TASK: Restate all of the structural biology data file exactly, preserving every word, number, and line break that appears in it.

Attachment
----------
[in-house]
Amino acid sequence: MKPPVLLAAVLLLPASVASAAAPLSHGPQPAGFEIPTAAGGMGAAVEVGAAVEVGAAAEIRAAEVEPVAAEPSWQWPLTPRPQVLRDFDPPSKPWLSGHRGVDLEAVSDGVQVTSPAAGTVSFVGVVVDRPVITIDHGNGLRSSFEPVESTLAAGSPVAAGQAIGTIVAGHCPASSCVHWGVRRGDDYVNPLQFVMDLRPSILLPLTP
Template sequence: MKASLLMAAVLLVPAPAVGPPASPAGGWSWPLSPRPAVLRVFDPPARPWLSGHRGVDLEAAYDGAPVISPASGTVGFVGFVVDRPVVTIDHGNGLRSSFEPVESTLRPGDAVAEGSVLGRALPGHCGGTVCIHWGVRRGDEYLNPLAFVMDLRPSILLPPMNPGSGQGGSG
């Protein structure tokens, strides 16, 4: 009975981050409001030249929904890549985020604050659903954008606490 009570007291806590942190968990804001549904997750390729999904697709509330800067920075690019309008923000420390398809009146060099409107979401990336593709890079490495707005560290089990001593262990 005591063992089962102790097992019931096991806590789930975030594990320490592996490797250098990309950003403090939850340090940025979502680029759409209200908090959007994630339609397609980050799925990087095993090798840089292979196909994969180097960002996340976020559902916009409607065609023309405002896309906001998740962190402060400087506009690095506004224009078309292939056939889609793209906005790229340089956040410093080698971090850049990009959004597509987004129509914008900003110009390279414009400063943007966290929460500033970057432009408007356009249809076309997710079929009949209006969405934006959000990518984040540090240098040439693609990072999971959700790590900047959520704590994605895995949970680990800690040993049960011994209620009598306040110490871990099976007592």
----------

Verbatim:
[in-house]
Amino acid sequence: MKPPVLLAAVLLLPASVASAAAPLSHGPQPAGFEIPTAAGGMGAAVEVGAAVEVGAAAEIRAAEVEPVAAEPSWQWPLTPRPQVLRDFDPPSKPWLSGHRGVDLEAVSDGVQVTSPAAGTVSFVGVVVDRPVITIDHGNGLRSSFEPVESTLAAGSPVAAGQAIGTIVAGHCPASSCVHWGVRRGDDYVNPLQFVMDLRPSILLPLTP
Template sequence: MKASLLMAAVLLVPAPAVGPPASPAGGWSWPLSPRPAVLRVFDPPARPWLSGHRGVDLEAAYDGAPVISPASGTVGFVGFVVDRPVVTIDHGNGLRSSFEPVESTLRPGDAVAEGSVLGRALPGHCGGTVCIHWGVRRGDEYLNPLAFVMDLRPSILLPPMNPGSGQGGSG
């Protein structure tokens, strides 16, 4: 009975981050409001030249929904890549985020604050659903954008606490 009570007291806590942190968990804001549904997750390729999904697709509330800067920075690019309008923000420390398809009146060099409107979401990336593709890079490495707005560290089990001593262990 005591063992089962102790097992019931096991806590789930975030594990320490592996490797250098990309950003403090939850340090940025979502680029759409209200908090959007994630339609397609980050799925990087095993090798840089292979196909994969180097960002996340976020559902916009409607065609023309405002896309906001998740962190402060400087506009690095506004224009078309292939056939889609793209906005790229340089956040410093080698971090850049990009959004597509987004129509914008900003110009390279414009400063943007966290929460500033970057432009408007356009249809076309997710079929009949209006969405934006959000990518984040540090240098040439693609990072999971959700790590900047959520704590994605895995949970680990800690040993049960011994209620009598306040110490871990099976007592």